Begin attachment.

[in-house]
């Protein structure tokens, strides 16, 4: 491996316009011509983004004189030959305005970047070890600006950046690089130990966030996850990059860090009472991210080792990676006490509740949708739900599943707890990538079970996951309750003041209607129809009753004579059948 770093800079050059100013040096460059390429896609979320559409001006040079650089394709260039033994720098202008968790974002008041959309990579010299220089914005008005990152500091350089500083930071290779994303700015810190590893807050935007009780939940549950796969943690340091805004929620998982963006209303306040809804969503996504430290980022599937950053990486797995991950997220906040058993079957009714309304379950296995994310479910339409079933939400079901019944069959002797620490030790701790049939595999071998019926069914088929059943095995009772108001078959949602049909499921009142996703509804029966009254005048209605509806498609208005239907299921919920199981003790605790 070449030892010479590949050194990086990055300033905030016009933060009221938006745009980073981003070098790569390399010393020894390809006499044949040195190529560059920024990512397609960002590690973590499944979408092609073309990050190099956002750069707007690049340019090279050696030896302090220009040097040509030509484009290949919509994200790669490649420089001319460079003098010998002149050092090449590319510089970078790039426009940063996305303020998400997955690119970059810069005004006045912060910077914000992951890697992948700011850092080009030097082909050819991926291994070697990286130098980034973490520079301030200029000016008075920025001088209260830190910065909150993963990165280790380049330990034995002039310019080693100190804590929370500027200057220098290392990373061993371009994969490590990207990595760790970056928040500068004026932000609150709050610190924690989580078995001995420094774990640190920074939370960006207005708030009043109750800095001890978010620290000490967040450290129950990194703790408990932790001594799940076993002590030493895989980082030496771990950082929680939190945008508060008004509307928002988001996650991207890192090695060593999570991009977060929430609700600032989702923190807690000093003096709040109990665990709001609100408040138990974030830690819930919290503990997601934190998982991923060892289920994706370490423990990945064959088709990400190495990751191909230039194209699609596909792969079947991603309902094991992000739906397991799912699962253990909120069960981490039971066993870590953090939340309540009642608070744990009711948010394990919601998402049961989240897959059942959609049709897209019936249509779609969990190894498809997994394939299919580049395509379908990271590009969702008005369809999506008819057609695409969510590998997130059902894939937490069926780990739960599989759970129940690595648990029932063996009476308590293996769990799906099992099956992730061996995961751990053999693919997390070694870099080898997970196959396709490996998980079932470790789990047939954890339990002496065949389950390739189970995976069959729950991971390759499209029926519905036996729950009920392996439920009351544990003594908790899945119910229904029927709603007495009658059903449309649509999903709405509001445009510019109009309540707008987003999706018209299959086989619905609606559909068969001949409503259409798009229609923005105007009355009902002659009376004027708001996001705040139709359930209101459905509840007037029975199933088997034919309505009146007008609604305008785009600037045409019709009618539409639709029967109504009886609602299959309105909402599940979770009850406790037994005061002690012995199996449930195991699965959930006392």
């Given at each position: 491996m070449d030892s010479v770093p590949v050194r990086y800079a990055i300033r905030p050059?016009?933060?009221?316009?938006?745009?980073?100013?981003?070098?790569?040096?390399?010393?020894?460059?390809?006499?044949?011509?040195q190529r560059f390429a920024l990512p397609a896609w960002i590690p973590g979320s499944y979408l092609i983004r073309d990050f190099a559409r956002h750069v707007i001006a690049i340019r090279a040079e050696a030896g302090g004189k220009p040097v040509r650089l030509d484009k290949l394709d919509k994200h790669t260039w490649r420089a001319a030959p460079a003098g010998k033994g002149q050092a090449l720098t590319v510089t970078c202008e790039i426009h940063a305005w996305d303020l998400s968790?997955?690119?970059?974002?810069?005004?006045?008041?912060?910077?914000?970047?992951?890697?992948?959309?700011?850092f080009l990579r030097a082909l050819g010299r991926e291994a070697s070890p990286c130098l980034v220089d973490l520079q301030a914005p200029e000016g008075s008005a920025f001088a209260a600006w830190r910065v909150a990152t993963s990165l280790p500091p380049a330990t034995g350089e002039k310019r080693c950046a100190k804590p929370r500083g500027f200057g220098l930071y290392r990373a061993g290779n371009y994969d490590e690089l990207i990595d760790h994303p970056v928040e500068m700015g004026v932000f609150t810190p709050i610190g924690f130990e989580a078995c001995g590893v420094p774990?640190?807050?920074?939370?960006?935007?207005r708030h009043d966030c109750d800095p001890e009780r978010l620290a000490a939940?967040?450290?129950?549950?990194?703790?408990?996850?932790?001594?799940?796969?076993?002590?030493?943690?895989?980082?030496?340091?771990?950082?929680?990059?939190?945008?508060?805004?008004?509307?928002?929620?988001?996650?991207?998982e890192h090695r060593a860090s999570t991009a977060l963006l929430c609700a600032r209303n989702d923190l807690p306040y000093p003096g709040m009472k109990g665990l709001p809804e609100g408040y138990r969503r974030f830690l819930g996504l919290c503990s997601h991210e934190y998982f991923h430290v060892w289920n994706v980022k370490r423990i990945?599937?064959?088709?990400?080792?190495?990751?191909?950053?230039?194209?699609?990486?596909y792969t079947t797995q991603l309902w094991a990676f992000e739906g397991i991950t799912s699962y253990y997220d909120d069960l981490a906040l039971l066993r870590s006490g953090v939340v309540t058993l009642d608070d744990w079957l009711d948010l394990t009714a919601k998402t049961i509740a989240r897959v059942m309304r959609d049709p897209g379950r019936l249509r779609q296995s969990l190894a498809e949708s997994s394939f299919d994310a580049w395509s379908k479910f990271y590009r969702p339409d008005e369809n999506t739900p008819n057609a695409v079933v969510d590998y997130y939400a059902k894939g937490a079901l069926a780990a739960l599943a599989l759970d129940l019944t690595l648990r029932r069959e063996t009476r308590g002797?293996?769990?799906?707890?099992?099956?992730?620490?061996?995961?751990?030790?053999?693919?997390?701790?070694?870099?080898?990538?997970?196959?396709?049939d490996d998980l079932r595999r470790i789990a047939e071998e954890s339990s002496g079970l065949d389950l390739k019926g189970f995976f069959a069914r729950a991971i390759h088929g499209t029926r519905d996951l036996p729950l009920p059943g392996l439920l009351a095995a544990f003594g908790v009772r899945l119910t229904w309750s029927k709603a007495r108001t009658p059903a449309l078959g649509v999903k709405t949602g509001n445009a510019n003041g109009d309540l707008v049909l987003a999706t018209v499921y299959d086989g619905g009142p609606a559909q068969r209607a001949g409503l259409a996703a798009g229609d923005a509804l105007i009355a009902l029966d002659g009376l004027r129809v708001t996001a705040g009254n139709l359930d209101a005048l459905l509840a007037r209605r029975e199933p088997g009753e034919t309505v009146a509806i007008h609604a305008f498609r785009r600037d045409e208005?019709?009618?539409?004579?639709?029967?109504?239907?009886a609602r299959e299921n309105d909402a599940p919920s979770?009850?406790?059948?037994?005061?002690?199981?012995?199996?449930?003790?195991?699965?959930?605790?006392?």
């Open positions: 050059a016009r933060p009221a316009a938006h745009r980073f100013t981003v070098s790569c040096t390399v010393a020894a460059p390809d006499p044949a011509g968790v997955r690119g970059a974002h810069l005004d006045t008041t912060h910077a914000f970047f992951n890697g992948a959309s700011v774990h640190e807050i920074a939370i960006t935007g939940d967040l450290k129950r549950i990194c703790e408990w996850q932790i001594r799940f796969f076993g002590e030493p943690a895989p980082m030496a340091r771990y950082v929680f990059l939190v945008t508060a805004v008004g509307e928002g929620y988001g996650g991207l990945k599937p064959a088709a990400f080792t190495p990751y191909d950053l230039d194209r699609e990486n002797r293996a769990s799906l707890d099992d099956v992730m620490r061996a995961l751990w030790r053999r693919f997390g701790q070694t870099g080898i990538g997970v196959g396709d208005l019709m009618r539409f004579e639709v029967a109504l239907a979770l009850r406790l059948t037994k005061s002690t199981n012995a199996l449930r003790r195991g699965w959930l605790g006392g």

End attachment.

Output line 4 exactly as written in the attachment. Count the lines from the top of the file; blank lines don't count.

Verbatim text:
């Open positions: 050059a016009r933060p009221a316009a938006h745009r980073f100013t981003v070098s790569c040096t390399v010393a020894a460059p390809d006499p044949a011509g968790v997955r690119g970059a974002h810069l005004d006045t008041t912060h910077a914000f970047f992951n890697g992948a959309s700011v774990h640190e807050i920074a939370i960006t935007g939940d967040l450290k129950r549950i990194c703790e408990w996850q932790i001594r799940f796969f076993g002590e030493p943690a895989p980082m030496a340091r771990y950082v929680f990059l939190v945008t508060a805004v008004g509307e928002g929620y988001g996650g991207l990945k599937p064959a088709a990400f080792t190495p990751y191909d950053l230039d194209r699609e990486n002797r293996a769990s799906l707890d099992d099956v992730m620490r061996a995961l751990w030790r053999r693919f997390g701790q070694t870099g080898i990538g997970v196959g396709d208005l019709m009618r539409f004579e639709v029967a109504l239907a979770l009850r406790l059948t037994k005061s002690t199981n012995a199996l449930r003790r195991g699965w959930l605790g006392g």